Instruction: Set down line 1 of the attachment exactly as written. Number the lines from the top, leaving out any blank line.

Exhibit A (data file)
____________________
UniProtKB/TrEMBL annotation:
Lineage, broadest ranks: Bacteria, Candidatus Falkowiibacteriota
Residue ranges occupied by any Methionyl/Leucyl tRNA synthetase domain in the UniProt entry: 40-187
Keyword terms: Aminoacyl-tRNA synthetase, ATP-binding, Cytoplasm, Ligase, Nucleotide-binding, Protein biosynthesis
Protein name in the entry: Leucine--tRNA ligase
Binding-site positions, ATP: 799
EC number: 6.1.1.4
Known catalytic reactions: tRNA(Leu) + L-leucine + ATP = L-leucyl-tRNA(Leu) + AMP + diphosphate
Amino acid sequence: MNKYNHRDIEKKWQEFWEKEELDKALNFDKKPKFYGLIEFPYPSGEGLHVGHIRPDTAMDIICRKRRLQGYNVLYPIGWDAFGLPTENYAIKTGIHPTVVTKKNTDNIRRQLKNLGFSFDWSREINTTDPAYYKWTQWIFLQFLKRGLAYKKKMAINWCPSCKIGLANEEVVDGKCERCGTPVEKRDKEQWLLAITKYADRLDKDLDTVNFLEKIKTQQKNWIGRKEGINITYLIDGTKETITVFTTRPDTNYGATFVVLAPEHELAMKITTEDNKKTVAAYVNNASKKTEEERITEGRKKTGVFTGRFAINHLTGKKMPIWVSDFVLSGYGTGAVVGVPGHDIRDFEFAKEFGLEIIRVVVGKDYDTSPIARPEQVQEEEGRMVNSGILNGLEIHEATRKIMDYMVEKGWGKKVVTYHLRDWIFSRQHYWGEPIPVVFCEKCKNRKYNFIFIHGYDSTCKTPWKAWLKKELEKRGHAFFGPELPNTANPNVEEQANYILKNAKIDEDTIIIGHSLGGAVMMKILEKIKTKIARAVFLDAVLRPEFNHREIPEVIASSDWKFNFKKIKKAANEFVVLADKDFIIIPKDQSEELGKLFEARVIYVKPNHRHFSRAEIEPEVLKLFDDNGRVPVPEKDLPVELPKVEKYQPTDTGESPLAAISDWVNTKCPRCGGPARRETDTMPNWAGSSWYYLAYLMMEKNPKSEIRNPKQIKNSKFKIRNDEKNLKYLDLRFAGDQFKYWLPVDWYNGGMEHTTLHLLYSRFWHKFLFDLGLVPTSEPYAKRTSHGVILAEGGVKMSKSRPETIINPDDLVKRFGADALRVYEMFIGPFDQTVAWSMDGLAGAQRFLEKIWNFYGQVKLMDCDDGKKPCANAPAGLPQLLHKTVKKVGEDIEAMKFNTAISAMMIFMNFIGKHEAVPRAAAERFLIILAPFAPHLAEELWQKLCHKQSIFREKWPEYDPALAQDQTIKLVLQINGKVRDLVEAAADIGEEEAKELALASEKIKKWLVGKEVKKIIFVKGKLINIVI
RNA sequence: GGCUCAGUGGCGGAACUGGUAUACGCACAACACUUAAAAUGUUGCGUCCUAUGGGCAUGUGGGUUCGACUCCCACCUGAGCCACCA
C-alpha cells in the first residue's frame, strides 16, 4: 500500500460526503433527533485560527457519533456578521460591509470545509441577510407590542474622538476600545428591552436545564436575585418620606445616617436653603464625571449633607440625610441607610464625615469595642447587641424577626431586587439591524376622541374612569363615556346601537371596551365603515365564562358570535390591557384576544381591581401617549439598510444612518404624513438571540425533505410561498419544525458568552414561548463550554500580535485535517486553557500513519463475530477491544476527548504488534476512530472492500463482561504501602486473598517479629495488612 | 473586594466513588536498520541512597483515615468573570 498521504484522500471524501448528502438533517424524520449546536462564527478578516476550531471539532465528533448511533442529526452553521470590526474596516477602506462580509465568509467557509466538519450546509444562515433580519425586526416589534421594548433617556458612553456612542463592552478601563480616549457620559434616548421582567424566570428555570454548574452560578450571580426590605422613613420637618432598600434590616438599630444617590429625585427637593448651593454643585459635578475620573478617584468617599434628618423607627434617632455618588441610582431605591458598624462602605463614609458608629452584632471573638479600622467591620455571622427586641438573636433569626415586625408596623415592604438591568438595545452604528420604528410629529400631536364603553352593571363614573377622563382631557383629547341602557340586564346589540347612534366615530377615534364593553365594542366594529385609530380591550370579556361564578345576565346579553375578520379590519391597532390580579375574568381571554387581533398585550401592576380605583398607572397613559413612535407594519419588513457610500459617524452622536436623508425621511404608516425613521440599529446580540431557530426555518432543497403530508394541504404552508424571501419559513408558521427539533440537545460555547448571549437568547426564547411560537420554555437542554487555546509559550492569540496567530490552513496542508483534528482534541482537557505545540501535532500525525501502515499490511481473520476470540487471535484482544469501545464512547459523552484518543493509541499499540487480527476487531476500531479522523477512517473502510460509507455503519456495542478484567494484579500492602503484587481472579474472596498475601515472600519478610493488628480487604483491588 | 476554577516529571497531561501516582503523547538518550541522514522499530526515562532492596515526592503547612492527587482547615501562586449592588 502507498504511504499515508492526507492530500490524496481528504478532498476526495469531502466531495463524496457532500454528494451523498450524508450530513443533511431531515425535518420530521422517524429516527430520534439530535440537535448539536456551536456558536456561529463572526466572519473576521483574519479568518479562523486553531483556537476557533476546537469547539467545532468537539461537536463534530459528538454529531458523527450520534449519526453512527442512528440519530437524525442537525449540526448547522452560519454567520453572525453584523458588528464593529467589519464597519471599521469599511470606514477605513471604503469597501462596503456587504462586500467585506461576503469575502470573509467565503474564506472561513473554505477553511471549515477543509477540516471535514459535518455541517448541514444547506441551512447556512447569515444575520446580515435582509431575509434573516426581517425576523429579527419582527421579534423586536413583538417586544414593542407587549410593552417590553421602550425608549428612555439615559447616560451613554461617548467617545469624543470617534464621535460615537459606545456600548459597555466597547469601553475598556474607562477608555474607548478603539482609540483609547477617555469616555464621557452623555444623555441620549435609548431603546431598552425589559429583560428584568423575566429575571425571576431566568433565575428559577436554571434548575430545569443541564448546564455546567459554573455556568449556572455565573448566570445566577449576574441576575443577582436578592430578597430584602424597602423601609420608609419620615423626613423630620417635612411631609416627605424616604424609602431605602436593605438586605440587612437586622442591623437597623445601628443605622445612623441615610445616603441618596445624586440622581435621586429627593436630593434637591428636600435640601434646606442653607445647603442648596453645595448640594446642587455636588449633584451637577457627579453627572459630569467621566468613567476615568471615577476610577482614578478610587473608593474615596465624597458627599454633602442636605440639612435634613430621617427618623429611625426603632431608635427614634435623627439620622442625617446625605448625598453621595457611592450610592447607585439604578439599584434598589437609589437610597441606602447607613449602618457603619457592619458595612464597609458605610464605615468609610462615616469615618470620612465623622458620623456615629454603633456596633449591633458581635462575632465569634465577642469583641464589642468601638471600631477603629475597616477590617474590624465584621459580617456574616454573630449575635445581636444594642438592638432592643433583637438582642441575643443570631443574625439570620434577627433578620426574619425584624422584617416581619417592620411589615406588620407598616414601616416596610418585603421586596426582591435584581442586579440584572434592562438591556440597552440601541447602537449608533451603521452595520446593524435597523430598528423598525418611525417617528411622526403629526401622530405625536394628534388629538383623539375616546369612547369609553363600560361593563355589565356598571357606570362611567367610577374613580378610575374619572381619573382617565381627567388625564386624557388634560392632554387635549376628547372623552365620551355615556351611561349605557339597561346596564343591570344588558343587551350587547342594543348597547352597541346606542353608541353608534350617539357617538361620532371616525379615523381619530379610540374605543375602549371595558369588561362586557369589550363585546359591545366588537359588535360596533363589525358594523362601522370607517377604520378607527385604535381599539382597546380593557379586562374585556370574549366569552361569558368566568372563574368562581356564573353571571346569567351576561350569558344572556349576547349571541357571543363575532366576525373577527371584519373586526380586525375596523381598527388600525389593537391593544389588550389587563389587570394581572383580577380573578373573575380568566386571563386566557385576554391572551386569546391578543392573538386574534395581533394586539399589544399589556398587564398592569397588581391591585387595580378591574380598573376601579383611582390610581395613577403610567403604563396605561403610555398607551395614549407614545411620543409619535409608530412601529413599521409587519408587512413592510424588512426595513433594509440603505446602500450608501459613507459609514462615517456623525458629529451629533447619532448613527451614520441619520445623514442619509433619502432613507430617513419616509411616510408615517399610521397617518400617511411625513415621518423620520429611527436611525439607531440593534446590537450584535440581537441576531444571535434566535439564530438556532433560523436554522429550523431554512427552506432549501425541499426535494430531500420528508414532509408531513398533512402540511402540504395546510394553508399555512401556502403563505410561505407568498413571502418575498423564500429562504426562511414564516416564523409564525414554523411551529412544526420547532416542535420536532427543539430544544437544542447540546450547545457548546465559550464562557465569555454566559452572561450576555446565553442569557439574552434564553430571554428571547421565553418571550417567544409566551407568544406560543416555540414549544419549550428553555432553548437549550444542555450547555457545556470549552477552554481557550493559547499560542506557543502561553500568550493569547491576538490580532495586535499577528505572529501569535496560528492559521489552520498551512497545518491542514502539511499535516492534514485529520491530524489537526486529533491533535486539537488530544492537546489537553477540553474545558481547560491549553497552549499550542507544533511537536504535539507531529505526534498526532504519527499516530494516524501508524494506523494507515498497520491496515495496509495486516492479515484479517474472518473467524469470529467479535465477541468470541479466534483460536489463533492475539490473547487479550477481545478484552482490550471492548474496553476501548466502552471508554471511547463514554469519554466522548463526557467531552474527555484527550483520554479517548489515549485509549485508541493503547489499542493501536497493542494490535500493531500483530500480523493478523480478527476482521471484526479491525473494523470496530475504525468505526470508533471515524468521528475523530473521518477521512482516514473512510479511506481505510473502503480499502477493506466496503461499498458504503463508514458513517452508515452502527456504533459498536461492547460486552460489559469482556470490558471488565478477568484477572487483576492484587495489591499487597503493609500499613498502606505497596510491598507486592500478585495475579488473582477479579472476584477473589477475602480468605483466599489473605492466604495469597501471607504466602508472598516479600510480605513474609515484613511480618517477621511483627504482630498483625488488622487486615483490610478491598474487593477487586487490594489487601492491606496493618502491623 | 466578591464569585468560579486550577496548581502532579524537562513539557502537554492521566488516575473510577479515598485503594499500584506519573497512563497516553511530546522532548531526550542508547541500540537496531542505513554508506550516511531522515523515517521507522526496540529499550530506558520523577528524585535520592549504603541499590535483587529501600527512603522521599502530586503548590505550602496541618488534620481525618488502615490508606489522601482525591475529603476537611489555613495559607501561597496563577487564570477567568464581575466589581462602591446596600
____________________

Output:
UniProtKB/TrEMBL annotation: